And, of course, stretching does prevent nasty injuries, and should definitely be required at the beginning of class.

As for physical conditioning, while I think that's important, I think it also might turn away a lot of students. I heard a Capoeira instructor at a workshop remark that he made his students do 1000 jumping jacks the day previous. While for some that might be exactly what they want in a physical activity, I think many people(especially those who take aikido, who are on the frail side) would not like something so strenuous. Other posters have said, and I agree- get your physical fitness outside of class. I would bicycle the 4 miles to the dojo(a large portion of that uphill) several times a week, and that kept me in pretty good shape. Ballet(if you can afford it) focuses on many of the same principals as aikido (balance, moving while centered, moving from the center, etc) and really is a good workout, even if it doesn't seem like it at the time(a whole bunch of plie's[sp?] and your calfs feel like they've been beaten by a stick the next day). Or you can just go to the gym and lift heavy things, though I never find that to be nearly as fun as an actual activity.

Alex Magidow

Nick 06-25-2001 12:59 AM

I think that there should be some kind of warmup routine, to prevent injury as well as just for doing it... at our dojo, our little 'routine' is just as much a part of the class as the waza... being young, I could probably prevent any serious injuries even if I didn't stretch out (at least, no injuries I could see at this point in time)... however, I wouldn't want to give it up...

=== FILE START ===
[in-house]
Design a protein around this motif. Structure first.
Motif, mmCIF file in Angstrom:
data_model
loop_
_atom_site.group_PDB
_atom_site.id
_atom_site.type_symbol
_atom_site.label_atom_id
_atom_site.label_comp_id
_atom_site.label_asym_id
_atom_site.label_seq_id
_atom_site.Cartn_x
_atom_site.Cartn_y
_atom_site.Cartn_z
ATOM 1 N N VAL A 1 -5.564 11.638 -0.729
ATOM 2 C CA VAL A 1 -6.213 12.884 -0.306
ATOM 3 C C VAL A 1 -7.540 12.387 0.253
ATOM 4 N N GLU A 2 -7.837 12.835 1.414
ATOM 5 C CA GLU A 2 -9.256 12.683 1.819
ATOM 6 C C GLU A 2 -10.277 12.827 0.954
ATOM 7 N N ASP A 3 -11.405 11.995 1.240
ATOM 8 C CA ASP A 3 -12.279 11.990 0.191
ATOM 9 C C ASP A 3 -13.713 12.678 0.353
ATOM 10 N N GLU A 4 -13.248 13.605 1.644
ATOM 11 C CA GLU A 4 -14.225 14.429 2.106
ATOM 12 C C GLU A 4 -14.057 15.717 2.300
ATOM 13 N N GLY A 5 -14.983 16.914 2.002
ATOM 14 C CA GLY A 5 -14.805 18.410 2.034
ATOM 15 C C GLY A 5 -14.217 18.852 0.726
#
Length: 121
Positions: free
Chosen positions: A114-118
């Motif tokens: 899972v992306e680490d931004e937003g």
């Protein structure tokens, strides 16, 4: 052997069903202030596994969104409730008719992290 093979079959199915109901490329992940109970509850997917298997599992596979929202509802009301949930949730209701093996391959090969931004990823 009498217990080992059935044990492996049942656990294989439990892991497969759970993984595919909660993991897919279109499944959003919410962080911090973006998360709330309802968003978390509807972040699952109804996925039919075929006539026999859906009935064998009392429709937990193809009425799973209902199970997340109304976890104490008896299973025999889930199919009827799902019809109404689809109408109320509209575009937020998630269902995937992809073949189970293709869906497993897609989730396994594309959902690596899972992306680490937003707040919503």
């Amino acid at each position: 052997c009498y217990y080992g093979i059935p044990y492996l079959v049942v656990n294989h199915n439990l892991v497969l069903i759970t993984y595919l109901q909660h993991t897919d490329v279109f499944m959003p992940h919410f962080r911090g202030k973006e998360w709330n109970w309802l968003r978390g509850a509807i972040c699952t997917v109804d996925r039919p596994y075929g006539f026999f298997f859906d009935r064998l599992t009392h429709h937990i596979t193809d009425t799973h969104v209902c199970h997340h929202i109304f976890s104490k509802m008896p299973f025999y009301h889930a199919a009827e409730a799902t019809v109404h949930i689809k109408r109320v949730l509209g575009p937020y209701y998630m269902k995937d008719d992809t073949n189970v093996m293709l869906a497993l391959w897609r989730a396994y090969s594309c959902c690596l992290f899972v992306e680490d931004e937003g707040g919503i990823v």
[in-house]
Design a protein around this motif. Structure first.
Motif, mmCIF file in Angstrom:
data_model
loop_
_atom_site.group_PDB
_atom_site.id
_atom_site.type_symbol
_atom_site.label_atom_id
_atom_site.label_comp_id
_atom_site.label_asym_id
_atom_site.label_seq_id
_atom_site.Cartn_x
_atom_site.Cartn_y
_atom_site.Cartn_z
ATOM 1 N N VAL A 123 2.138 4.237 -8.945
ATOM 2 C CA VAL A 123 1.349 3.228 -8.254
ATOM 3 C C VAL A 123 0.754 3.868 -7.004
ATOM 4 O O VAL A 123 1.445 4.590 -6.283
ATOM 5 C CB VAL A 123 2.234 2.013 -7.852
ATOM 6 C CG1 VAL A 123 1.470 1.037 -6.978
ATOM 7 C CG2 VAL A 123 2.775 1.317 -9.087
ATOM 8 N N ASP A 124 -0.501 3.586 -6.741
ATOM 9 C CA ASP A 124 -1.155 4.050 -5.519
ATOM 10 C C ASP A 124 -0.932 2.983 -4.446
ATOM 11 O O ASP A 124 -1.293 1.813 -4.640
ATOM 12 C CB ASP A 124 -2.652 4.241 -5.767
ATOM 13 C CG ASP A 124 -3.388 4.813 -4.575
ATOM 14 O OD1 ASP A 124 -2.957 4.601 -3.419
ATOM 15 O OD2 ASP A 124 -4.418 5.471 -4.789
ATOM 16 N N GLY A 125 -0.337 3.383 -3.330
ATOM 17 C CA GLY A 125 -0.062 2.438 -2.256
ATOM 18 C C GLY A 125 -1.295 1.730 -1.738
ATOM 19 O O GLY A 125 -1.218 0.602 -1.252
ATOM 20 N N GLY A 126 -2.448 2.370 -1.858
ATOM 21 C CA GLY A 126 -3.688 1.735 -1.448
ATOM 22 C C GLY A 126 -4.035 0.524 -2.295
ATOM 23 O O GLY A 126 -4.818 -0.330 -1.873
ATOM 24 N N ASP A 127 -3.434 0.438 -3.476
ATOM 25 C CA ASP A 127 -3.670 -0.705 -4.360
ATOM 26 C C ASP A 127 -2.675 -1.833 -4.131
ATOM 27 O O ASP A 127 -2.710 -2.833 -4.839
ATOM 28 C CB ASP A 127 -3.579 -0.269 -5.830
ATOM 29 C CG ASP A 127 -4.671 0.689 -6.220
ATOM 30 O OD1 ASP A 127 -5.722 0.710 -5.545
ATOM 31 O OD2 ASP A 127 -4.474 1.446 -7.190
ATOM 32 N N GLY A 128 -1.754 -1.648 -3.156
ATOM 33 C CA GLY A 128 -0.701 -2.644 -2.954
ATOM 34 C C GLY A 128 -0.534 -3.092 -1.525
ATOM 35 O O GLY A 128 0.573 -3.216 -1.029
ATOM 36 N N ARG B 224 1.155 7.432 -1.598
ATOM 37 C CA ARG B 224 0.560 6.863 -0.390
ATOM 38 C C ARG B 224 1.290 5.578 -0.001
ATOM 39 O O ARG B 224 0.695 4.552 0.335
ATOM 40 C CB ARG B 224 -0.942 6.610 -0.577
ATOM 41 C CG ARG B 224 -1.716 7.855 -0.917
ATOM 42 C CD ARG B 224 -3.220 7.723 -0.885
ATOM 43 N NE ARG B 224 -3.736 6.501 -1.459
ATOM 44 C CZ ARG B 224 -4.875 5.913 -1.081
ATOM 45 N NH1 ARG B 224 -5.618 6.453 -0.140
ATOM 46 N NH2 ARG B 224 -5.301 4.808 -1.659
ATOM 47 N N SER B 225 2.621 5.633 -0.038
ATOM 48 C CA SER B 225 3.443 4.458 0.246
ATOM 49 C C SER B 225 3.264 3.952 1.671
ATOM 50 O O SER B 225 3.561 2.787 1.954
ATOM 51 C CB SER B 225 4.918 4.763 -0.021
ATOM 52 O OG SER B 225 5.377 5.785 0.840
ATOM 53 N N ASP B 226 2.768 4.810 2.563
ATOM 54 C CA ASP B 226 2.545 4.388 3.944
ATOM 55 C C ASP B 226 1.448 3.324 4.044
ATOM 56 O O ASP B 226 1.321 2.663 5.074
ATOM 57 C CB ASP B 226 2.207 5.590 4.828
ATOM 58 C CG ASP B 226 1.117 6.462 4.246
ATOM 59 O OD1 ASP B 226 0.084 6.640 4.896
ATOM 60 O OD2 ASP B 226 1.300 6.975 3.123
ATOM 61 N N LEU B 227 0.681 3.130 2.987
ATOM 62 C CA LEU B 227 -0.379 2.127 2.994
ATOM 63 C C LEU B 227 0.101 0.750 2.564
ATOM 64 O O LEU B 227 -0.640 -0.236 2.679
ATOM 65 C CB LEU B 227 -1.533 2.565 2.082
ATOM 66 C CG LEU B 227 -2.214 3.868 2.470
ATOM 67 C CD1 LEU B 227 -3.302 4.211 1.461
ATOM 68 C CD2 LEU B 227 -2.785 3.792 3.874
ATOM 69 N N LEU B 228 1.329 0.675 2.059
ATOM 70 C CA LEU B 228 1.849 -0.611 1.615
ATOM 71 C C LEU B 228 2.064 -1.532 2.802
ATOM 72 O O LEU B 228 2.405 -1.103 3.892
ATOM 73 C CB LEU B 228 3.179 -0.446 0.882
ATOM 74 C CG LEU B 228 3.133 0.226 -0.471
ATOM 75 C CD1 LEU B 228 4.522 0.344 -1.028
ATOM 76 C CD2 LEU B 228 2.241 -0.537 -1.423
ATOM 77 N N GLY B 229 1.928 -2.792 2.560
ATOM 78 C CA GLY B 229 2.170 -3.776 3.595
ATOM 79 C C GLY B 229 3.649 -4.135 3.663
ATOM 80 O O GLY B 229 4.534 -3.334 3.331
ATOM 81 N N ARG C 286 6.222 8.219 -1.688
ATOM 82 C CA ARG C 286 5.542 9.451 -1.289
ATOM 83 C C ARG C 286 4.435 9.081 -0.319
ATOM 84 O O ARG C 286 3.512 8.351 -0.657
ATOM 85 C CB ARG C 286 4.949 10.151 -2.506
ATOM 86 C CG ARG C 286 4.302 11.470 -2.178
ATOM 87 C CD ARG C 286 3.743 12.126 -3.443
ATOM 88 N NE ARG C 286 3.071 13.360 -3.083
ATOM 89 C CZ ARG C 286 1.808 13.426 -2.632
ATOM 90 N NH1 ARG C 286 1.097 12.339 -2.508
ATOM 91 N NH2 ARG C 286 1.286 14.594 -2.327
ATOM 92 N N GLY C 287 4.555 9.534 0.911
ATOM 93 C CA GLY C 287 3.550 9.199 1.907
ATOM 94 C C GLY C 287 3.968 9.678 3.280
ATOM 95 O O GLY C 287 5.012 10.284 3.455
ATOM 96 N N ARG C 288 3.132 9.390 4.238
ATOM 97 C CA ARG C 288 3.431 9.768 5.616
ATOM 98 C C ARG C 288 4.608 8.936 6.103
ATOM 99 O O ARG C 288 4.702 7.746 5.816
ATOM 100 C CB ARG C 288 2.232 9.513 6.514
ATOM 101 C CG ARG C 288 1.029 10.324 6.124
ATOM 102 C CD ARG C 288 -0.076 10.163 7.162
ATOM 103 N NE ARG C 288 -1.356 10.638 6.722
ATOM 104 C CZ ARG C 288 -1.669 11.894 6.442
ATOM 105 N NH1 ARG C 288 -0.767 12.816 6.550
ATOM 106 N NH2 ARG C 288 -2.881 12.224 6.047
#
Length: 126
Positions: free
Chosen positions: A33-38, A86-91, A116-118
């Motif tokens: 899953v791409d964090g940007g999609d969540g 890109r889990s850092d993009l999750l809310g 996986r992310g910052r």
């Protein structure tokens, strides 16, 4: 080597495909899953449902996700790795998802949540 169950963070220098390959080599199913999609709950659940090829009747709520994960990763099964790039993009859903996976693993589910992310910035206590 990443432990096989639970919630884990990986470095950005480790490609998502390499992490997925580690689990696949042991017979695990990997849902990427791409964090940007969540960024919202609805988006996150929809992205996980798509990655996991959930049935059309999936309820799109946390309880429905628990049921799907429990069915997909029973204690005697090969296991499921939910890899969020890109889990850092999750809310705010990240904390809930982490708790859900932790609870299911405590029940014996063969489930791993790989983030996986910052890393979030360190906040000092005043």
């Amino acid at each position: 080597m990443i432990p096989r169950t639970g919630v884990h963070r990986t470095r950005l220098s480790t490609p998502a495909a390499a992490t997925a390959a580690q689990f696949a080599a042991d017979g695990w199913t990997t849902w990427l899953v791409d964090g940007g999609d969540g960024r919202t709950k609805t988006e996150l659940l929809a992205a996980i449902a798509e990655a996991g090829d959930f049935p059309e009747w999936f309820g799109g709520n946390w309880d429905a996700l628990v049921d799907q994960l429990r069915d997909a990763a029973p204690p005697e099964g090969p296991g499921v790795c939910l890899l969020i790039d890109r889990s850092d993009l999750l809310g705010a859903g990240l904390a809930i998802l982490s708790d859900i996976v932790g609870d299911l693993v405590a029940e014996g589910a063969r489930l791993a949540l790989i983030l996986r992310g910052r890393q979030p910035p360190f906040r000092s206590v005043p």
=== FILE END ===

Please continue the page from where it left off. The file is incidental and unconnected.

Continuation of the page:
Nick

ian 06-25-2001 08:29 AM

I have been told that Ueshiba did no warm ups in the class - he expected everyone to do their own warm ups before hand.

The problem is nowdays that we expect everyone else to be responsible for our training.

What I think is best is to get the mats out as quickly as possible and allow 5-10 minutes at the start to let people arrive AND to let those who need to warm up more to do so. Then a BRIEF warm up doing a general coverage of the body is done.

People require different amounts of warm up for different parts of the body (I used to have elbow problems and press-ups were the best way to warm up my elbows before class).

Ian

ian 06-25-2001 08:32 AM

P.S.

I feel even more strongly about physical excercise - in that Aikido training isn't there to get you fit, it is to teach you aikido. However fitness is an important part of aikido and it is up to the trainee to do it in their own time.

Sometimes I get fed up with lazy people who expect everyone else to make the effort for them.

Ian

Jay Cirillo 06-25-2001 09:42 AM

In my dojo, we pretty much do the whole 9 yards...pushups (often with someone on your back) crunches, situps, and all the stretching as well. We do usually 30 minutes before each class...each class is 1.5 hours long. I think it helps alot, I've actually lost some weight since I started and I feel in much better shape than I have ever been. Also, my techniques feel tighter subsequently. I think it's a great addition to the whole work-out. However, I don't really think things like weighlifting and running are really necessary, though they don't hurt.

Jim23 06-25-2001 10:40 AM

Quote:

Originally posted by ian
I have been told that Ueshiba did no warm ups in the class - he expected everyone to do their own warm ups before hand.
He didn't?? Didn't know that (or much else for that matter). Was that just in the latter years?

I really have a problem with a five minute warmup (seconds for each stretch) for a two hour class, I think it's dangerous. As for warming up before class, usually within a few minutes of the mats being out, class begins - so much for stretching before class (unless you don't mind a dirty dogi).

Personally, I don't depend on aikido for my workout (although I think some do, based on their schedule), but I think the stretching is vital - could do it in the car on the drive to the dojo. ;)

The martial arts that I did before did a lot of stretching, but I suppose they had to (high kicks, spinning kicks, etc.).

Just curious, do they stretch a lot in judo (no kicks)? Where's mj when you need him?

Jim23

[Censored] 06-25-2001 12:28 PM

Re: Twist and shout
 
And why aren't pushups or situps, etc. done? They just increase strength, general health, etc., it doesn't matter if strength isn't used in aikido.